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W2 Phishing Scams—A New Twist on CEO Fraud

Phishing Scams

If you’ve kept up on phishing scams, then you’ve undoubtedly heard of CEO fraud—an email scheme where cyber-criminals impersonate the boss, requesting a wire transfer or personal information about employees.

Attackers love CEO spoofing emails for one simple reason—it’s easy. There’s no malware to write, no malicious links to imbed, and no major risk of getting caught. Anyone with access to an email account can easily masquerade as a CEO and target unsuspecting employees.

Because this latest scam is so simple (and so lucrative), email spoofing fraud has skyrocketed. And if that wasn’t bad enough, there’s also a new twist on CEO email wire fraud and it’s spreading like wildfire—W-2 phishing.

What are W2-Phishing Scams?

Tax season is like Christmas for cyber-criminals. The bad guys pose as a CEO or another executive member and send off emails asking for employees’ tax information. Once they receive it, fraudsters will file false income tax returns to get refunds. Next, they’ll use personal information to take out loans and generate credits cards, resulting in serious financial loses.

When attackers get what they are after, it’s almost impossible to catch them. Cyber-criminals aren’t dumb. They’ll use whatever laundering methods imaginable to cover their tracks, taking your money and your identity with them.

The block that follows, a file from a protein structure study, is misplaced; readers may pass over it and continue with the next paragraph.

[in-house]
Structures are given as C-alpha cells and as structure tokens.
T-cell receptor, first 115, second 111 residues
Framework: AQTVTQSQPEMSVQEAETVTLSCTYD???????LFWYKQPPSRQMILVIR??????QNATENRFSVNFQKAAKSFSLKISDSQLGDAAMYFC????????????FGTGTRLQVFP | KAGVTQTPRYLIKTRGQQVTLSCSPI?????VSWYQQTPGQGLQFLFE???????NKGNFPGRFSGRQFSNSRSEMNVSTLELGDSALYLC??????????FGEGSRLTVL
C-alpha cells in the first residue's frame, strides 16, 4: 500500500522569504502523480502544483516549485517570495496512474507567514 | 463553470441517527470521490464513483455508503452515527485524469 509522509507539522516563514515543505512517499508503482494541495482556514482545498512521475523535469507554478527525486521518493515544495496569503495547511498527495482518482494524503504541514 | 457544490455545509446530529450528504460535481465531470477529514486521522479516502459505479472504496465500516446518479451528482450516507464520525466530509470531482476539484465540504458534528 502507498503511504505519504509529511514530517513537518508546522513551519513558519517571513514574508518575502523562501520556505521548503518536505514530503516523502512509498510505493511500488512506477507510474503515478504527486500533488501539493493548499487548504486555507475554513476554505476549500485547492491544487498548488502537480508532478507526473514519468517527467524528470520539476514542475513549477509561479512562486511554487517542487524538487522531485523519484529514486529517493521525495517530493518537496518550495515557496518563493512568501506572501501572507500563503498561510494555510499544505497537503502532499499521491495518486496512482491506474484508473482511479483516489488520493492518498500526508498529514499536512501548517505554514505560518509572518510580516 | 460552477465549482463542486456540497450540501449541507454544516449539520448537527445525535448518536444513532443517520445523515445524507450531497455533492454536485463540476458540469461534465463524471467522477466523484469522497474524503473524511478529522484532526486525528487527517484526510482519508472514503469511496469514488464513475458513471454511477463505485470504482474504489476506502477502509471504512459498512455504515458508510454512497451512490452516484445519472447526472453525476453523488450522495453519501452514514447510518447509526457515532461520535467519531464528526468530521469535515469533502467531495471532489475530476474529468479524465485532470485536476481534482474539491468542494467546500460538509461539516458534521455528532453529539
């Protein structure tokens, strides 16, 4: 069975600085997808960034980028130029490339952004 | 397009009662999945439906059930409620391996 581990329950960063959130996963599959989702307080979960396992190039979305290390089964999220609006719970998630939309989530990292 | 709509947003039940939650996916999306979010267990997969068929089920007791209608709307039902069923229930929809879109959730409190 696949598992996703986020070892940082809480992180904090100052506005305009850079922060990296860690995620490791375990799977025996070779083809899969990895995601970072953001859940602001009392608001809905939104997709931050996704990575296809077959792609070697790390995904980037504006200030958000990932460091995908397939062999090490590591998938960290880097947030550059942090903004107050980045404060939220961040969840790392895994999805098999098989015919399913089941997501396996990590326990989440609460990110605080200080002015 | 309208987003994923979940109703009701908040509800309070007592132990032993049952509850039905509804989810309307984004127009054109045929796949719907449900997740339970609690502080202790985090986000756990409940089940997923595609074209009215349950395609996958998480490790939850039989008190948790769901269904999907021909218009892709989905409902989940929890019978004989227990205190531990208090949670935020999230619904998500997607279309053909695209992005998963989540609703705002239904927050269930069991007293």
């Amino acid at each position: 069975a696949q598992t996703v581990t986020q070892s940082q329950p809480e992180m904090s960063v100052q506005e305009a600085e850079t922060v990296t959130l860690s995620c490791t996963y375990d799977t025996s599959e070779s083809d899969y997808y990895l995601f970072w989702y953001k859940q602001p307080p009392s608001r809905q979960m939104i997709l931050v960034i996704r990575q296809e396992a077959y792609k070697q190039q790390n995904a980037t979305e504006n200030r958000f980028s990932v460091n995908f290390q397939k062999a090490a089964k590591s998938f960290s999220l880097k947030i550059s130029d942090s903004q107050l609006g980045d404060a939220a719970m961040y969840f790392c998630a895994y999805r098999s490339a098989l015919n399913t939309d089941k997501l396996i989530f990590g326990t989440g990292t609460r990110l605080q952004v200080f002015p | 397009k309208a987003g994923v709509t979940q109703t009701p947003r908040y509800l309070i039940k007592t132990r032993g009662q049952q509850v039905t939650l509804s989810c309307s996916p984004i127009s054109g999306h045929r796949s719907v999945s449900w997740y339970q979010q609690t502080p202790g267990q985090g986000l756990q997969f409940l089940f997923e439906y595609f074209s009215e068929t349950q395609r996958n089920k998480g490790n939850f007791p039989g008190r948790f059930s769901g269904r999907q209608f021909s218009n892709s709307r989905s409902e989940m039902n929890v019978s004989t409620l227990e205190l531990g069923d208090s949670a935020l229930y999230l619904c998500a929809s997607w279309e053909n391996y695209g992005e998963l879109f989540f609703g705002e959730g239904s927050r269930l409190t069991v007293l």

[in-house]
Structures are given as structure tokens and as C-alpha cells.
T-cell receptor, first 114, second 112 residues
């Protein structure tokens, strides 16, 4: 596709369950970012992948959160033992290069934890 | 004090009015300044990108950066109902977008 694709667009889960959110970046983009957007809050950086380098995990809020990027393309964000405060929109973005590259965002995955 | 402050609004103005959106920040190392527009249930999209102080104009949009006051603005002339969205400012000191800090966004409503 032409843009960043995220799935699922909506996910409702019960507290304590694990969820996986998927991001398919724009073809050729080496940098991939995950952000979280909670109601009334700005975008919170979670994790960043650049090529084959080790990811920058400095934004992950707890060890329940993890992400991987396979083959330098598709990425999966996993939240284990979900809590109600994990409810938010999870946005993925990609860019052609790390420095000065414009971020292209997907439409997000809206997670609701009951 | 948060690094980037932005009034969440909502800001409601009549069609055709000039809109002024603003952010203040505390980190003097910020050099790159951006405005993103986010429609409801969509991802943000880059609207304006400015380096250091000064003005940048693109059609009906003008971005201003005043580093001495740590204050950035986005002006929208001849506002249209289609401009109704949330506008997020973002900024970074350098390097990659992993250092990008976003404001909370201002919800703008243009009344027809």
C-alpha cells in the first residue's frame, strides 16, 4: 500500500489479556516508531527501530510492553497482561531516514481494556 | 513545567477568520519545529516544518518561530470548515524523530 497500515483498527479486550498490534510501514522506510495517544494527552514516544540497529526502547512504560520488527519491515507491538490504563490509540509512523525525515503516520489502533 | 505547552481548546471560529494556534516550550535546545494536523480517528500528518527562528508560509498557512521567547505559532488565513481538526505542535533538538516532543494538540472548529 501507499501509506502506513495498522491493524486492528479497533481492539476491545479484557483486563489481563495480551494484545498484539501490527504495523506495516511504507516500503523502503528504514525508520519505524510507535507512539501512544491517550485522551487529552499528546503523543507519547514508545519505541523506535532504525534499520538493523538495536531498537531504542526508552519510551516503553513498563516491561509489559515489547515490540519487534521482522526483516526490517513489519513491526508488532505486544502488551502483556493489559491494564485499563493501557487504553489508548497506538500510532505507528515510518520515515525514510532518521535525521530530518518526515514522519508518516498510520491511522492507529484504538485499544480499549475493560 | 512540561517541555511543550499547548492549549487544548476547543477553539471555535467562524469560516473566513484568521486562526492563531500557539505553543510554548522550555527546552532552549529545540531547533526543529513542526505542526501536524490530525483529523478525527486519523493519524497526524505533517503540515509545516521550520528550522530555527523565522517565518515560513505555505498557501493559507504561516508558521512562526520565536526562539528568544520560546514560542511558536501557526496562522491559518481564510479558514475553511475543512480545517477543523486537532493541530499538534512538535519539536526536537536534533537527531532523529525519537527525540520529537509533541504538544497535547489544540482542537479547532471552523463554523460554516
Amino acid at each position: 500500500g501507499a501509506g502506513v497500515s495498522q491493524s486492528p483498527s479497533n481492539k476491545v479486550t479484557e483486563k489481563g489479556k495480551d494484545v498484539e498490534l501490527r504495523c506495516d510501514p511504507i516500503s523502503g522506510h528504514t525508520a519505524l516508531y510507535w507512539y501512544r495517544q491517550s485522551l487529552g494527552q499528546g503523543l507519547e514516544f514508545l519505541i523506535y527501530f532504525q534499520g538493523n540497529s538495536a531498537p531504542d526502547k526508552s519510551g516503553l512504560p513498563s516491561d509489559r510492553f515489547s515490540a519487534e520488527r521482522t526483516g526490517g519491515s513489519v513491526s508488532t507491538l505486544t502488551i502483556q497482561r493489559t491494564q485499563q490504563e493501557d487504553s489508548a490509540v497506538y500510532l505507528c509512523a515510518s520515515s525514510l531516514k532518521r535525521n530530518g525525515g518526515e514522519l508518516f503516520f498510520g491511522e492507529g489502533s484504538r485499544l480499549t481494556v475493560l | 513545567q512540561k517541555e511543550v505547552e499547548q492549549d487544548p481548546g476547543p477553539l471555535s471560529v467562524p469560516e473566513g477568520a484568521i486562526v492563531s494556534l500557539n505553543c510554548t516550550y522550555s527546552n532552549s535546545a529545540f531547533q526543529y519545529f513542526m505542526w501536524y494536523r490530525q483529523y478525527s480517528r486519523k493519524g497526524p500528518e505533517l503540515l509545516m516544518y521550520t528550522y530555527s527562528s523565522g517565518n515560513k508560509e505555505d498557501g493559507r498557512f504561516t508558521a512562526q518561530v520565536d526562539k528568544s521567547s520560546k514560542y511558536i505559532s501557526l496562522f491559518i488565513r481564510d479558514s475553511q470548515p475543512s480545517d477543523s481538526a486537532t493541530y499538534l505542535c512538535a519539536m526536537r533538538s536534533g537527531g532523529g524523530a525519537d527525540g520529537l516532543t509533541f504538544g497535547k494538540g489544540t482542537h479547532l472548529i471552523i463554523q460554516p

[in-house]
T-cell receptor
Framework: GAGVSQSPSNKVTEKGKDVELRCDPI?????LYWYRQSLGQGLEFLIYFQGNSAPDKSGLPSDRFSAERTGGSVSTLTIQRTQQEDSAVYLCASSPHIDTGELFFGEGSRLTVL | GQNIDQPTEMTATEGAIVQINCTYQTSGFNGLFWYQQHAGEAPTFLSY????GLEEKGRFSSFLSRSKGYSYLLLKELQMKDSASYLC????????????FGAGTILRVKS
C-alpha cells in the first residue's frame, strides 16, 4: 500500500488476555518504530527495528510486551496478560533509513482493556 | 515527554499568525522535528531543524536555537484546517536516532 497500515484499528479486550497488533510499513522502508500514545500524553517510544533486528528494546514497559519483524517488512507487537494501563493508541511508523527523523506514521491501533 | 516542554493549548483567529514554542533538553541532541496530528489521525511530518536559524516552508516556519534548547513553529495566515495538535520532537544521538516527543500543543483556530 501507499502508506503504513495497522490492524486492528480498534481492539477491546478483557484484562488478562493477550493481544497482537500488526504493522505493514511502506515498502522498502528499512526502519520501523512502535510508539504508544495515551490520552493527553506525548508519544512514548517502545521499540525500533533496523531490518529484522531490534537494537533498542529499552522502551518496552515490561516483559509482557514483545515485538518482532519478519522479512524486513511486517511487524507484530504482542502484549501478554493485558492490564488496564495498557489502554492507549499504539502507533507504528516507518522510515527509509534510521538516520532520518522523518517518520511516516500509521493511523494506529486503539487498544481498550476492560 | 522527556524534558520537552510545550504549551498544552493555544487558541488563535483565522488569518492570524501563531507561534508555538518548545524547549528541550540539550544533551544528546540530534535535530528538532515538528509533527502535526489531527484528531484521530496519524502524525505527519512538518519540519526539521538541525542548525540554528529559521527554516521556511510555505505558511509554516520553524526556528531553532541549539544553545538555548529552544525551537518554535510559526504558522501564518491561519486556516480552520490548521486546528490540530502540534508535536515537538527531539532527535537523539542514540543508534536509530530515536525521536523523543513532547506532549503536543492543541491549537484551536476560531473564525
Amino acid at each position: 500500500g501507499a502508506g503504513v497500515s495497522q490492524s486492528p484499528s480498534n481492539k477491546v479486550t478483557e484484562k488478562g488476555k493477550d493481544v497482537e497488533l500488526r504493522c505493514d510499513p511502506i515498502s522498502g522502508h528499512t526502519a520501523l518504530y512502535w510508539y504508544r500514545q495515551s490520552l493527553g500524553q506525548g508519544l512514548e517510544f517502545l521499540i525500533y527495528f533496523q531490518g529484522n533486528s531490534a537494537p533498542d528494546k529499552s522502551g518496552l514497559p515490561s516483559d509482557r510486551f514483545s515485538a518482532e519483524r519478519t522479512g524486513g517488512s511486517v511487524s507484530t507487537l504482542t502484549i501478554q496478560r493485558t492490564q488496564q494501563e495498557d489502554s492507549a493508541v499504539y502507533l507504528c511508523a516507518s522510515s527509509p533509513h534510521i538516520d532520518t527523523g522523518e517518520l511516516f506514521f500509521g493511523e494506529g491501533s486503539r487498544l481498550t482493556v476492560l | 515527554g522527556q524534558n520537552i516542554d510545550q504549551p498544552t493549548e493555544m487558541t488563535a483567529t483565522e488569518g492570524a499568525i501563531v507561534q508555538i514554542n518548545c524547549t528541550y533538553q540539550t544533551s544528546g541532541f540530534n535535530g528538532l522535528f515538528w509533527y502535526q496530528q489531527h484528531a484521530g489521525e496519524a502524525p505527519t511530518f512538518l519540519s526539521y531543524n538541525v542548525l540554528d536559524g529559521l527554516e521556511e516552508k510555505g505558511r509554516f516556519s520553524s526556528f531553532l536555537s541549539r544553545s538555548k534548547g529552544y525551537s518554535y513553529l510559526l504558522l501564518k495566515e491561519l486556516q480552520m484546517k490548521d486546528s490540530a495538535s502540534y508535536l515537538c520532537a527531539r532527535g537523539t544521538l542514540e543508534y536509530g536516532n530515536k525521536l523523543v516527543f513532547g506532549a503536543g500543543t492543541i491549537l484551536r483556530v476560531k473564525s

W-2 Phishing Scams on the Rise

W-2 phishing scams aren’t going anywhere, anytime soon. In fact, cyber-criminals have cast an even wider net in 2017. Email schemes have netted plenty of victims, including school districts, healthcare organizations, restaurants chains, and nonprofits.

How to Prevent Phishing Scams

Phishing scams are a major cause for concern, with email attacks quickly on the rise. As the losses continue to mount, businesses have their hands full trying to stop the financial carnage—but it’s not an easy battle to win.

One method is to train employees to protect sensitive data from getting into the wrong hands. For starters, you should use patches, updates, and security software, as well as set up two factor authentication. Also, think twice before clicking on attachments or downloading files from emails you are not expecting to receive. And remember, if you get a request from your CEO asking for employee information, chances are it’s a phishing scam.

If you are serious about email fraud, you’ll need the help of an IT managed service provider. They know all the ins and outs of cyber-security, helping to close the doors on phishing scams.

For peace of mind from email fraud, contact us today!